NESCBWI 2012 Conference Recap

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I know the NESCBWI conference was two weeks ago. I know you've read all about it on other blogs. But humor me.

It took me a full week to absorb and appreciate the experience. Friday was beyond exhausting. Kids, house, travel, keeping on schedule, parking garage malfunctions, and THEN having a critique I was really nervous about just did me in. Immediately after my critique (mid-day Friday) I was quite ready to throw in the towel with my whole career. Yup. It's not that it went so horribly. It's just that I was tapped out. I wanted to hear the impossible, and instead I got mostly good advice. By the time Monday morning rolled around I was desperate for time to work on my picture book dummy - even if it meant taking a red pen to every aspect of it. (see image above)

The highlights of the conference for me, were (in no specific order):

Dan Yaccarino's workshop: I enjoyed it enough at the time. But when the dust settled in my brain, he shone a light on my picture book dummy that I think was the key to making it infinitely better - publishable, even. One major thing, a few little things, plus a whole lot of inspiration.

Portfolio Showcase: Seeing my portfolio out there for the first time in four years was awesome. It's nearly ALL published work. And I like a lot of it. It sorely needs more cute animals, but that's an improvement I'm happy to work on. Giving just a few little feedback cards to others was greatly rewarding too. A little birdie said there was some good response to it - and that's all you can hope for in these situations. To plant seeds, then walk away and hope something grows.

Writing Camp: I was so sad that my critique chewed up a good 25 minutes of this workshop. It was hands-on and fun. If I hadn't been so nervous about the upcoming critique, then dumbstruck, this would have been outstanding for me. Thank you Jo Knowles and Cindy Faughnan!

Friends: It was so energizing and fun to see illustrator friends. I missed last year's conference so I hadn't seen so many warm faces in nearly two years. Others I hadn't seen since the NYSCBWI conference in 2008, and still others were first encounters with people I had only talked to online. Connecting with fellow illustrators in person is beyond rewarding. And my roommate and friend Jen was a great sport for putting up with all my mommy anxieties.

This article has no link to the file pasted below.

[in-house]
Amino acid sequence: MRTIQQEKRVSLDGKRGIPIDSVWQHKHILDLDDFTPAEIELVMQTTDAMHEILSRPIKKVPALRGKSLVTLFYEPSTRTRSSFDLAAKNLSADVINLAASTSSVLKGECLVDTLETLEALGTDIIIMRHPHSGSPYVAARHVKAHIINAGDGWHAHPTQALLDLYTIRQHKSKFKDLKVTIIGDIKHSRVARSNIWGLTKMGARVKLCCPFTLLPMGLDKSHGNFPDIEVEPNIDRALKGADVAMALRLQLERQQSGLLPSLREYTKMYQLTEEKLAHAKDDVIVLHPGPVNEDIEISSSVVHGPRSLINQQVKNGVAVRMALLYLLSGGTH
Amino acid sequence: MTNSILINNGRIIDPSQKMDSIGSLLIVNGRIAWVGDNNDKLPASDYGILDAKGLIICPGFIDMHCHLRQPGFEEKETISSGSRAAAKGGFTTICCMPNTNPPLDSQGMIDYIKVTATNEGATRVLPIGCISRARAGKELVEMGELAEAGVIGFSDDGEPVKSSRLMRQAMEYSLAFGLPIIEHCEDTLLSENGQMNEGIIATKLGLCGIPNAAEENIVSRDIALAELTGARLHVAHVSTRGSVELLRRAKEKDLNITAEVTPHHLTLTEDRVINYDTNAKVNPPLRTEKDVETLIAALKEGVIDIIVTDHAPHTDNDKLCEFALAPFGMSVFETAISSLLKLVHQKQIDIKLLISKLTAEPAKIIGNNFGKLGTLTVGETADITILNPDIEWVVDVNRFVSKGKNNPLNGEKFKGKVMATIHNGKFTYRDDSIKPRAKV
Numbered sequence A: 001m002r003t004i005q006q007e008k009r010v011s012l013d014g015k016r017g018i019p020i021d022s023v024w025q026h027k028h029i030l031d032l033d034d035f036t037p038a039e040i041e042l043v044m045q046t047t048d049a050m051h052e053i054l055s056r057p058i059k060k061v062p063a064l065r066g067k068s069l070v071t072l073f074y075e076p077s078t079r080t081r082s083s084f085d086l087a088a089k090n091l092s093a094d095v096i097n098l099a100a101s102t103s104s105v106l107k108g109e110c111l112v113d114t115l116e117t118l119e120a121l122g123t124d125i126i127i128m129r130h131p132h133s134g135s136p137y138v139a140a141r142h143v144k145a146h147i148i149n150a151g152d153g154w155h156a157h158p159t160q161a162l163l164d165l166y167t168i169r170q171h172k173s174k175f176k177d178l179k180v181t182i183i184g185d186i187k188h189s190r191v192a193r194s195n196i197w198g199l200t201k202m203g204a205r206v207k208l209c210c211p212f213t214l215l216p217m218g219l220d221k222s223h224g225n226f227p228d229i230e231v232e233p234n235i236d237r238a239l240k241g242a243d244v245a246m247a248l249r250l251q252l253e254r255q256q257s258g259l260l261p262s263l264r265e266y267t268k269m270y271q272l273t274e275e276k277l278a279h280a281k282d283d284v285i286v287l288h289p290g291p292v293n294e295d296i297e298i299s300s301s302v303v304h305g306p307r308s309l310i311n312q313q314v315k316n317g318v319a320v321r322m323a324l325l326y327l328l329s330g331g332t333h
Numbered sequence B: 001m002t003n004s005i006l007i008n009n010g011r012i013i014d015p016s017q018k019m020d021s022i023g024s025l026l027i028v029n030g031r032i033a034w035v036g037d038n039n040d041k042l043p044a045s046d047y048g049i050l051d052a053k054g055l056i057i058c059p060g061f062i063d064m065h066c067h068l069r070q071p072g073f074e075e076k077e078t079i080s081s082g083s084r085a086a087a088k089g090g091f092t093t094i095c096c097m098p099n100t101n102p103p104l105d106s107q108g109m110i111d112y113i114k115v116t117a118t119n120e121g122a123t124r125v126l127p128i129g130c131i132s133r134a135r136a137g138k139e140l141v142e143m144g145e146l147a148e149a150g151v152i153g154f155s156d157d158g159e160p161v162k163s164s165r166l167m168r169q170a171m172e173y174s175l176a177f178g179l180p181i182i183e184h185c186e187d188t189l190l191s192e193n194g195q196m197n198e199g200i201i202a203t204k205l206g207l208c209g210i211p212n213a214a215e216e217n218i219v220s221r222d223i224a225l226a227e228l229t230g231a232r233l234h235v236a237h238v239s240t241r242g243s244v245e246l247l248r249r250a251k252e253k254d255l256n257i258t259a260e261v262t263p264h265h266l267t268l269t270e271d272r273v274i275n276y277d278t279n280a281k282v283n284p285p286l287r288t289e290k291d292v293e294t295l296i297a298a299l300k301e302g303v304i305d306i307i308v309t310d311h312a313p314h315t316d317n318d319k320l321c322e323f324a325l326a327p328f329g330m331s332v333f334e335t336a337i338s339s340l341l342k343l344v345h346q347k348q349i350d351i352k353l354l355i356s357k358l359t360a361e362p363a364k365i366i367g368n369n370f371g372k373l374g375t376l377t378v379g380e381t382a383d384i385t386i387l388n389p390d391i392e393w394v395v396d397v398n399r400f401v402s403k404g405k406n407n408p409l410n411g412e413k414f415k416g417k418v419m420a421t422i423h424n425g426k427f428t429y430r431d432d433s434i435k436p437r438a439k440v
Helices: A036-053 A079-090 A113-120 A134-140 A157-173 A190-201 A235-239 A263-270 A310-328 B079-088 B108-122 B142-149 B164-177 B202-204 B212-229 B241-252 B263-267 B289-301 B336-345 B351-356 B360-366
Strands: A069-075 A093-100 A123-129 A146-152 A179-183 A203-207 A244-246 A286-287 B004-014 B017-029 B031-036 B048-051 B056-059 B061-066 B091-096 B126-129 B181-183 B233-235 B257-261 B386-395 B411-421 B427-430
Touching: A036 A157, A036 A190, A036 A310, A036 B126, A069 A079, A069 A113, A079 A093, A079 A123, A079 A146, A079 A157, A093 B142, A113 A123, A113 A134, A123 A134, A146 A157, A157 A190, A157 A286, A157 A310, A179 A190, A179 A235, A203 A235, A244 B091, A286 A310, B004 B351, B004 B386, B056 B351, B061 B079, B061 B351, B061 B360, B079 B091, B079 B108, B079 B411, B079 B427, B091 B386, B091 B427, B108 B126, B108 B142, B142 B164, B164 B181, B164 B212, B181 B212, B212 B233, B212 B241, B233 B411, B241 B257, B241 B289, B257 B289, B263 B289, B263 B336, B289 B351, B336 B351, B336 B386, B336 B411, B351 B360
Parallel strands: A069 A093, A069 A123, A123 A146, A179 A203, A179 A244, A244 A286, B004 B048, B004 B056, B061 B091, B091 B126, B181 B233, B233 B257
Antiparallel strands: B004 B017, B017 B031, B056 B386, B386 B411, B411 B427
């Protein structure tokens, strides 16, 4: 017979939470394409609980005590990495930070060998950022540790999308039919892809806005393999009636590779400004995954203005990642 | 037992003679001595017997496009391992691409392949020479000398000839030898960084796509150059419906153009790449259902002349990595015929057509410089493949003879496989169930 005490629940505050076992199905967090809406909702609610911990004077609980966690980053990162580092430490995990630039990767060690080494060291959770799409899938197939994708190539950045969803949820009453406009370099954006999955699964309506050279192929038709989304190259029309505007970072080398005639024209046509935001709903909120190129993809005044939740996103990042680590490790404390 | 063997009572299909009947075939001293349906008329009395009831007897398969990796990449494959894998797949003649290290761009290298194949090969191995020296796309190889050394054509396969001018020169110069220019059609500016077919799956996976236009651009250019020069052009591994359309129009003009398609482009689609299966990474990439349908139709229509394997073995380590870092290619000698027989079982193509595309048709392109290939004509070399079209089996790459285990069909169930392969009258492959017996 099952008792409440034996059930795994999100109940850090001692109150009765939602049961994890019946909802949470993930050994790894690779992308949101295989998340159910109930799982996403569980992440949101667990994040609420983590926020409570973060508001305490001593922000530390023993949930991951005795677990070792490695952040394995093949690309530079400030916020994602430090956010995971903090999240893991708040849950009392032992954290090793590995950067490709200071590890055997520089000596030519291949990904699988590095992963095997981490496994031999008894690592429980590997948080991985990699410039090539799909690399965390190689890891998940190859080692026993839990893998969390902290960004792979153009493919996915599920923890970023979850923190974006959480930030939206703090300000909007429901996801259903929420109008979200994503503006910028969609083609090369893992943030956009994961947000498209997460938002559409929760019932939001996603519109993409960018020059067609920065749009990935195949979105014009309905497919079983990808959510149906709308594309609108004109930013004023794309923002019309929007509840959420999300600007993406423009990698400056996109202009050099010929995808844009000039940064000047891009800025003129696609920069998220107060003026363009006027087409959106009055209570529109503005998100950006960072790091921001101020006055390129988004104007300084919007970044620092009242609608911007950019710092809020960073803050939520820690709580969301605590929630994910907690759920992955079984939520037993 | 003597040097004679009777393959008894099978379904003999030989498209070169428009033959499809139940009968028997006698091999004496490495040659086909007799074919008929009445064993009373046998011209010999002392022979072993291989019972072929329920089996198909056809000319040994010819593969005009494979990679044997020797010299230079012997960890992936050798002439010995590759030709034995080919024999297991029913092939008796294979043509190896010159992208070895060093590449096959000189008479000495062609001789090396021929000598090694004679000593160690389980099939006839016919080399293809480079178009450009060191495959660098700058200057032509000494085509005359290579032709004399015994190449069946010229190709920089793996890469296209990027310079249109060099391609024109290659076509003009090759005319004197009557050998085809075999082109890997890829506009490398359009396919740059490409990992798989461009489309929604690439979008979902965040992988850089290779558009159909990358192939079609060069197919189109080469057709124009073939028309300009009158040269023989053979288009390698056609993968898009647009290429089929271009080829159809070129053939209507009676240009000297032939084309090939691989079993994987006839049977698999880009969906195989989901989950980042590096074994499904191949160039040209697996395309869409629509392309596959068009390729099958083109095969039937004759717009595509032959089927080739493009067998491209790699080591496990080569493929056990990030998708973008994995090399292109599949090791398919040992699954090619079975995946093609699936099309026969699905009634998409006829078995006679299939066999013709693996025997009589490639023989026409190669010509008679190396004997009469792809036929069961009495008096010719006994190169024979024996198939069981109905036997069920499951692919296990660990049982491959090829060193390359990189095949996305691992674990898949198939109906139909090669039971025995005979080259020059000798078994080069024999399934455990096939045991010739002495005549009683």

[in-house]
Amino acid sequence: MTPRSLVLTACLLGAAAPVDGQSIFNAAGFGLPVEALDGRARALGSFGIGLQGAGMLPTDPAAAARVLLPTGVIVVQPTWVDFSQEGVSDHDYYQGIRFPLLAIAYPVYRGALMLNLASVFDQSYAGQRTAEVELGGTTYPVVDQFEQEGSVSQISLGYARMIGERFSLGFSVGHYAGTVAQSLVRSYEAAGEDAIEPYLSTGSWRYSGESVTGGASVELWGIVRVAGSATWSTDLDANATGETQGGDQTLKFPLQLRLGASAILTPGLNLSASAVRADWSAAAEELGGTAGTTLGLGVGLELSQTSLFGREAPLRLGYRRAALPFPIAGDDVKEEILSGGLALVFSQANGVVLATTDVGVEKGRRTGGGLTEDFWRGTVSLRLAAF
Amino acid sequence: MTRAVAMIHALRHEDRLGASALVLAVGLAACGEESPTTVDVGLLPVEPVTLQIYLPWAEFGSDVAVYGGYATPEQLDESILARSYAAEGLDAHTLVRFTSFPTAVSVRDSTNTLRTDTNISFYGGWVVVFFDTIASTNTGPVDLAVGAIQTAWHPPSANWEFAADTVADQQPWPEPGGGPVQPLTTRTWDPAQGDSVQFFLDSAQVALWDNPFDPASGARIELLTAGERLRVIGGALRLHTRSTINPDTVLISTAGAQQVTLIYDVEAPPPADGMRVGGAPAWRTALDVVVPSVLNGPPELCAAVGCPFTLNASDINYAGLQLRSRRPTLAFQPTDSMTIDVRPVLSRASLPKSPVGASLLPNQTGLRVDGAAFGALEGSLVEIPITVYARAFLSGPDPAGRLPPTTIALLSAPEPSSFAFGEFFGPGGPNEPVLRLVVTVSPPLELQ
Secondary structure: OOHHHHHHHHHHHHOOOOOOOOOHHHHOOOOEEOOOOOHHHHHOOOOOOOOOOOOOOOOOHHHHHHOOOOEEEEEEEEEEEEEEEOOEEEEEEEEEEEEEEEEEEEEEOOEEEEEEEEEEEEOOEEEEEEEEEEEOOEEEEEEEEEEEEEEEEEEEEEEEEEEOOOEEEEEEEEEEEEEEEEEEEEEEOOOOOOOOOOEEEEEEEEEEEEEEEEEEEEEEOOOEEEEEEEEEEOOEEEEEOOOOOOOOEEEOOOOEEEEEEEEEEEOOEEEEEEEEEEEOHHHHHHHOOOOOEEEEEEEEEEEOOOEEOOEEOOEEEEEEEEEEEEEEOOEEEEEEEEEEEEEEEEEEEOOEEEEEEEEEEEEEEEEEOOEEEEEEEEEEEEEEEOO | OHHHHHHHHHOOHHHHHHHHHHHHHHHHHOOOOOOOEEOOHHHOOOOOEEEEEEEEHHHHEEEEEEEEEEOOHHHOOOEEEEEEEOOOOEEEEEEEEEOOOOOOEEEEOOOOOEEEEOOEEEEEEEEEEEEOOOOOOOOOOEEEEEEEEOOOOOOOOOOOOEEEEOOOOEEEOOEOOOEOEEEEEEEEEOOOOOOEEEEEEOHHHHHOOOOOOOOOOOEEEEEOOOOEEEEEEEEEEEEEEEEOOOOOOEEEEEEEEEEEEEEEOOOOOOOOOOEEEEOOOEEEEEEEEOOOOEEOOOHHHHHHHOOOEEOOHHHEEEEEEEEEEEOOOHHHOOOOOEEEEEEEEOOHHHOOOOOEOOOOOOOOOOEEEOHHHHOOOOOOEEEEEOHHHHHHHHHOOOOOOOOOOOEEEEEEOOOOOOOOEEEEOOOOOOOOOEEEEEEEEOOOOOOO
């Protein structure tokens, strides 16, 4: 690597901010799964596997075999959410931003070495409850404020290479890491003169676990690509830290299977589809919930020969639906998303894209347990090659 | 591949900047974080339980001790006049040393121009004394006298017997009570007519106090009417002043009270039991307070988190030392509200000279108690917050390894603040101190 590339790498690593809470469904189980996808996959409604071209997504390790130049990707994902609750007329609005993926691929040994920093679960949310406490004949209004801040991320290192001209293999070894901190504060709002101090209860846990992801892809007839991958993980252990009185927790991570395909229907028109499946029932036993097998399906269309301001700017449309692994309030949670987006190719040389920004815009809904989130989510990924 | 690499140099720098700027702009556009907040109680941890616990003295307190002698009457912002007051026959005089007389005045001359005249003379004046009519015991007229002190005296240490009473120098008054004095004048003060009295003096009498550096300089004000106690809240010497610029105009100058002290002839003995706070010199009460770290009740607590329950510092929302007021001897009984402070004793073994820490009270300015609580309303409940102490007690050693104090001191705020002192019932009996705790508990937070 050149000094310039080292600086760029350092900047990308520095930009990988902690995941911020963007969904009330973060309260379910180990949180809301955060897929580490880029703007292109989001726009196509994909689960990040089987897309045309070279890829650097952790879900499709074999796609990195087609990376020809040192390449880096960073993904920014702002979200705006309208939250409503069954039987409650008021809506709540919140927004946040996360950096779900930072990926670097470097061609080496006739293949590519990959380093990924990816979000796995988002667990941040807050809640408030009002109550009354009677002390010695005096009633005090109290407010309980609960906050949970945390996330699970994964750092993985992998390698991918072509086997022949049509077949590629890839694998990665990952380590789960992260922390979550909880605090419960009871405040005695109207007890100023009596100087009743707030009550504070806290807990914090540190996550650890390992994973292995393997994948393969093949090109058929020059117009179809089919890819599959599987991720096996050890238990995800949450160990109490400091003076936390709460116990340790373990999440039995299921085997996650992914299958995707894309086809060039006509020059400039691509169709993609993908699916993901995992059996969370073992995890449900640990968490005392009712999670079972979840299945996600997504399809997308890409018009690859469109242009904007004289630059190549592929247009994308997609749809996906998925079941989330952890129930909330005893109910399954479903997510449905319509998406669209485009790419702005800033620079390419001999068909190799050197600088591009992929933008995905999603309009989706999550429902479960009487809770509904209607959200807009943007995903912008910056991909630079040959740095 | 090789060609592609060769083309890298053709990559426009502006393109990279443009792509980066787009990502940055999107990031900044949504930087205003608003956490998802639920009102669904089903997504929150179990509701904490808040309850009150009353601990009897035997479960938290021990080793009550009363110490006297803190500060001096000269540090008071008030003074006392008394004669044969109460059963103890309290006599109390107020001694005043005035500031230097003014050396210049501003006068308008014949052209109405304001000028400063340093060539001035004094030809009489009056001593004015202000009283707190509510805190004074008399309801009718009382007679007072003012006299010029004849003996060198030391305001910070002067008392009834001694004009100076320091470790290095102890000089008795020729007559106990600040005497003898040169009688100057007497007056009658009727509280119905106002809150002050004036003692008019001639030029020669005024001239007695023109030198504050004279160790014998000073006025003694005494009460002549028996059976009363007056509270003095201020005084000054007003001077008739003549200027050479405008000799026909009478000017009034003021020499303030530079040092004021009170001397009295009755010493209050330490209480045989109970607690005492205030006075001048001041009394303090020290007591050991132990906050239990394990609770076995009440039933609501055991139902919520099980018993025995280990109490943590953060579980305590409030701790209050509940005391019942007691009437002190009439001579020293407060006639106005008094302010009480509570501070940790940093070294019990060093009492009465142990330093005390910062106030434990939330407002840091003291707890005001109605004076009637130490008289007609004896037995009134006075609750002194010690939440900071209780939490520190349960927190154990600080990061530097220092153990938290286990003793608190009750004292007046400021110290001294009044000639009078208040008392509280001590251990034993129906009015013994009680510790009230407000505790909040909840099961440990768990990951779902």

Submission Strategy Consultation: This was the yin to the dummy critique's yang. Lionel Bender gave me some excellent advice. I knew in an instant that I was sitting down with a professional - and my ears were wide open. Thank you.

Maybe the best part was seeing how well my children did without me, mostly thanks to their wonderful father - next year I'm planning on going for all three days.

Working it out, keeping it a secret

Charactersketches

I've finally broken past the mental block(s) about an idea for a picture book. I had the glimmer of an idea a few years ago (ouch, yes it's been that long!) and have struggled with character, concept, style, and story - mostly in my head since. All the while I felt like I couldn't move on to other story ideas but also couldn't get to a good place with this one.

I spent a lot of quiet night time thinking things over with my newborn, then finally picked up a lined notebook some time ago on a rare early Sunday morning outing by myself and just started writing, drawing, doodling - without boundaries or structure. A few minutes a day, or not for a week at a time. I would write lists of cool names. Doodle heads and faces. Word association. First sentences. All these things mashed together without worrying about where it was going.

And before I knew it I had my characters, I had the overall story, their names, the style. I have miles to go before it's ready to share, even with my peers, but it feels good to get over one hurdle. It's been my dream to write and illustrate but my perfectionist side usually sabotages things right out of the gate.

It's easy to get discouraged looking at all the amazing titles alreadyout, beautiful portfolios, blogs full of progress and finished work. The little sketches above are just rejected starts. Rough and ugly. But it's the stuff you need to plow through to get to the other side, right? And the stuff we sometimes forget everyone goes through.